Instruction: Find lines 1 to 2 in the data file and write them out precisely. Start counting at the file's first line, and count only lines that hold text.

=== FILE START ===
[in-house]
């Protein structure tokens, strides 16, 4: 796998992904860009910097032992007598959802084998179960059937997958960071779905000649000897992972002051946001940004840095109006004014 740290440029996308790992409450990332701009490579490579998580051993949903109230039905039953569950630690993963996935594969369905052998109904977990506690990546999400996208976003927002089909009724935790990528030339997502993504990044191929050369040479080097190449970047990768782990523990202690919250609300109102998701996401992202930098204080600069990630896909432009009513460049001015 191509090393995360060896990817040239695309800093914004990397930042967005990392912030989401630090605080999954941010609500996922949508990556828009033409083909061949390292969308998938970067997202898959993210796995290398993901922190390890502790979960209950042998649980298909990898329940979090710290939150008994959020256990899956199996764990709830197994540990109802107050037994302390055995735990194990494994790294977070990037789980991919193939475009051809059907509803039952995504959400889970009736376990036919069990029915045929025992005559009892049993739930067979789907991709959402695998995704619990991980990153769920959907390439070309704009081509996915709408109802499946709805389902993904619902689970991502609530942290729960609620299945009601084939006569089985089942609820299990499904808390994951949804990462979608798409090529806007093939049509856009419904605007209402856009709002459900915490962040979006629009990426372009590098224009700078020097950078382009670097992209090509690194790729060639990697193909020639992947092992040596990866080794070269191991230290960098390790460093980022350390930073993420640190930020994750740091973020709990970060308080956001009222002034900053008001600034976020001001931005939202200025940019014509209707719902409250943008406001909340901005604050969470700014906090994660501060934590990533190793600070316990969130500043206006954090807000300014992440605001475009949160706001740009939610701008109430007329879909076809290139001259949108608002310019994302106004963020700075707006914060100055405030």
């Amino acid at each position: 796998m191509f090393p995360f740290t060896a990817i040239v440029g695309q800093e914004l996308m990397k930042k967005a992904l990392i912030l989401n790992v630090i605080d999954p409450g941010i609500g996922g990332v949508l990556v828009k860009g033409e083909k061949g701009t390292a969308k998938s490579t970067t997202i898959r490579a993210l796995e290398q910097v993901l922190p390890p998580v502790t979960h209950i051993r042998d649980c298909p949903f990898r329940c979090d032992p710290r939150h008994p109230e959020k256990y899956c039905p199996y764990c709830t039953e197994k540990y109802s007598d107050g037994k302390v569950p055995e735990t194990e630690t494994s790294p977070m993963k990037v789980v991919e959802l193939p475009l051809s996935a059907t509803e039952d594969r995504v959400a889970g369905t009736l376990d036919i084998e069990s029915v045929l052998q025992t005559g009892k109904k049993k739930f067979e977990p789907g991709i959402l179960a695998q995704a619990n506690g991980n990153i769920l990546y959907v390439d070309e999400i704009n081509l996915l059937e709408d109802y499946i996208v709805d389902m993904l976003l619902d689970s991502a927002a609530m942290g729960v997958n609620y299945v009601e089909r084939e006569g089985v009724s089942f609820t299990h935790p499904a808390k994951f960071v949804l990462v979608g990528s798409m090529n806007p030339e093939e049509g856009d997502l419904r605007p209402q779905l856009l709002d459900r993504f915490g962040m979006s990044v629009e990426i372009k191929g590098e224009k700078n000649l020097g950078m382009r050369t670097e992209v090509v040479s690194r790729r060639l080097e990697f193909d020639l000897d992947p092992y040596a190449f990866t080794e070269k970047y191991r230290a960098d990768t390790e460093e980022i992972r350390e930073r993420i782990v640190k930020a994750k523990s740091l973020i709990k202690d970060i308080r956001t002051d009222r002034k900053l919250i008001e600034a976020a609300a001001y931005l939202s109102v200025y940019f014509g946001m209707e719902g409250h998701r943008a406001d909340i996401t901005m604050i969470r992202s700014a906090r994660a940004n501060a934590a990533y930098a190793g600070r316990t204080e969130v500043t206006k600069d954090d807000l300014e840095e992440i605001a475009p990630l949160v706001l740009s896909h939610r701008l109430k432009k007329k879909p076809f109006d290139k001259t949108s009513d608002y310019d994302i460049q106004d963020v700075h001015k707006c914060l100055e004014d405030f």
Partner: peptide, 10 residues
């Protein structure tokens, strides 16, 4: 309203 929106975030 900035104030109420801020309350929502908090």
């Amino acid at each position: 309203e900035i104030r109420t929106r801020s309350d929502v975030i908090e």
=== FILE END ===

[in-house]
């Protein structure tokens, strides 16, 4: 796998992904860009910097032992007598959802084998179960059937997958960071779905000649000897992972002051946001940004840095109006004014 740290440029996308790992409450990332701009490579490579998580051993949903109230039905039953569950630690993963996935594969369905052998109904977990506690990546999400996208976003927002089909009724935790990528030339997502993504990044191929050369040479080097190449970047990768782990523990202690919250609300109102998701996401992202930098204080600069990630896909432009009513460049001015 191509090393995360060896990817040239695309800093914004990397930042967005990392912030989401630090605080999954941010609500996922949508990556828009033409083909061949390292969308998938970067997202898959993210796995290398993901922190390890502790979960209950042998649980298909990898329940979090710290939150008994959020256990899956199996764990709830197994540990109802107050037994302390055995735990194990494994790294977070990037789980991919193939475009051809059907509803039952995504959400889970009736376990036919069990029915045929025992005559009892049993739930067979789907991709959402695998995704619990991980990153769920959907390439070309704009081509996915709408109802499946709805389902993904619902689970991502609530942290729960609620299945009601084939006569089985089942609820299990499904808390994951949804990462979608798409090529806007093939049509856009419904605007209402856009709002459900915490962040979006629009990426372009590098224009700078020097950078382009670097992209090509690194790729060639990697193909020639992947092992040596990866080794070269191991230290960098390790460093980022350390930073993420640190930020994750740091973020709990970060308080956001009222002034900053008001600034976020001001931005939202200025940019014509209707719902409250943008406001909340901005604050969470700014906090994660501060934590990533190793600070316990969130500043206006954090807000300014992440605001475009949160706001740009939610701008109430007329879909076809290139001259949108608002310019994302106004963020700075707006914060100055405030």